According to a further embodiment of the invention, adjustments based on an estimated weight of the vehicle (GCW) are made to the default high throttle ramp rate only when the state of the vehicle approaches near or reaches a predefined point in the clutch engagement process. According to the current embodiment, this predefined point is set at or near what is known as the “touch point”, which represents the moment at which clutch 30 begins to engage, and thus transmit torque. As further emphasized in the graph of
Although certain preferred embodiments of the present invention have been described, the invention is not limited to the illustrations described and shown herein, which are deemed to be merely illustrative of the best modes of carrying out the invention. A person of ordinary skill in the art will realize that certain modifications and variations will come within the teachings of this invention and that such variations and modifications are within its spirit and the scope as defined by the claims.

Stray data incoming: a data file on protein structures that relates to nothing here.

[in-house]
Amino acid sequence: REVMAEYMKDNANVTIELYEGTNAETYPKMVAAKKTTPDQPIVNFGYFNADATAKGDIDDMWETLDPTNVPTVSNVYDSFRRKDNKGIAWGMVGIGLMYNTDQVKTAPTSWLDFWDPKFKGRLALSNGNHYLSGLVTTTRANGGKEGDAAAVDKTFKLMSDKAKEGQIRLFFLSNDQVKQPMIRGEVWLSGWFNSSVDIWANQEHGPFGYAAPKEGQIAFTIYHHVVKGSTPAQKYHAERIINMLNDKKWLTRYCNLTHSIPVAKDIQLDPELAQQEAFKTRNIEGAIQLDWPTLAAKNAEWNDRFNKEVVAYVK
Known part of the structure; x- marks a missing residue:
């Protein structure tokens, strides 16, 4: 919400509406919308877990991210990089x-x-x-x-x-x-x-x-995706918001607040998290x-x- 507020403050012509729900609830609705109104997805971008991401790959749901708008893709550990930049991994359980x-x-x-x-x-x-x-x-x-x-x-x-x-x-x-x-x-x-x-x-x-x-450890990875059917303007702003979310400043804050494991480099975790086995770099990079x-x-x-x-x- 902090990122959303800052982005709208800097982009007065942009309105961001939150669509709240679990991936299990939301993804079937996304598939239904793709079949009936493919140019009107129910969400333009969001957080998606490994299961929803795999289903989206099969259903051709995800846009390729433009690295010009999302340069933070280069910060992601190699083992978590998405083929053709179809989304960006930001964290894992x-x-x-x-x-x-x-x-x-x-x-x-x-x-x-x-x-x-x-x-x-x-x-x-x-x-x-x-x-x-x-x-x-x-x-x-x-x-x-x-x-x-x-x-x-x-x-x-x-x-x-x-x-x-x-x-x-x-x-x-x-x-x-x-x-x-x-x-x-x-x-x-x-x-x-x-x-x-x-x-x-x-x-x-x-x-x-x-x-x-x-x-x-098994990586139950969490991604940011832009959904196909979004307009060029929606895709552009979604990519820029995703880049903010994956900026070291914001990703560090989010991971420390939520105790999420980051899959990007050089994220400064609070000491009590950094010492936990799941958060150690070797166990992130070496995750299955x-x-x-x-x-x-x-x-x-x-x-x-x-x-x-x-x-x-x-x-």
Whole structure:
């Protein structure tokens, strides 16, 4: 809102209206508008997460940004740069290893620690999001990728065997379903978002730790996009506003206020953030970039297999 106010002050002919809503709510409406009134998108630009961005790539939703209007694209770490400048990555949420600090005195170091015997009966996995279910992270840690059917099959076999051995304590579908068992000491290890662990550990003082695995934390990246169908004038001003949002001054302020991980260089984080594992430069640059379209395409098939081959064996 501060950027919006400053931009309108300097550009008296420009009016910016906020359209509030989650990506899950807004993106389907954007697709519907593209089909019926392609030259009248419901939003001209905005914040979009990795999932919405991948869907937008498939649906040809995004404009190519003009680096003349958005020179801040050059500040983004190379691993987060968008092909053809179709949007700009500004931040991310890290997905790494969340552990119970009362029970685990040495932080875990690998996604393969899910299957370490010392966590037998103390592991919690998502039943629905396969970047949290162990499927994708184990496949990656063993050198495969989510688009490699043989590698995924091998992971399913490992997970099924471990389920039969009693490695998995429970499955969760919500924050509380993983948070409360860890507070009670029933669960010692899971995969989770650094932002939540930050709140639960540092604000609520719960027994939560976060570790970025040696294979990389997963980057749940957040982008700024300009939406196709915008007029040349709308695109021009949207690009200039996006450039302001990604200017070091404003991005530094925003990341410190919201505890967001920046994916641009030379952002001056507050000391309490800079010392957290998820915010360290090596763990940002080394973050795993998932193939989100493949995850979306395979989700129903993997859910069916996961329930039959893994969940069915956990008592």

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|U.S. Classification||477/181, 477/90, 477/107|
|International Classification||B60W10/00, F02D41/10, F02D11/10, F02D9/02|
|Cooperative Classification||Y10T477/675, Y10T477/79, Y10T477/6433, Y10S477/90, F02D9/02, F02D2250/18, F02D11/105, F02D41/10|
|European Classification||F02D9/02, F02D11/10B, F02D41/10|
|Nov 1, 2002||AS||Assignment|
Owner name: EATON CORPORATION, OHIO
Free format text: ASSIGNMENT OF ASSIGNORS INTEREST;ASSIGNOR:MARKYVECH, RONALD K.;REEL/FRAME:013473/0203
Effective date: 20021031
|Jun 22, 2009||FPAY||Fee payment|
Year of fee payment: 4
|Mar 18, 2013||FPAY||Fee payment|
Year of fee payment: 8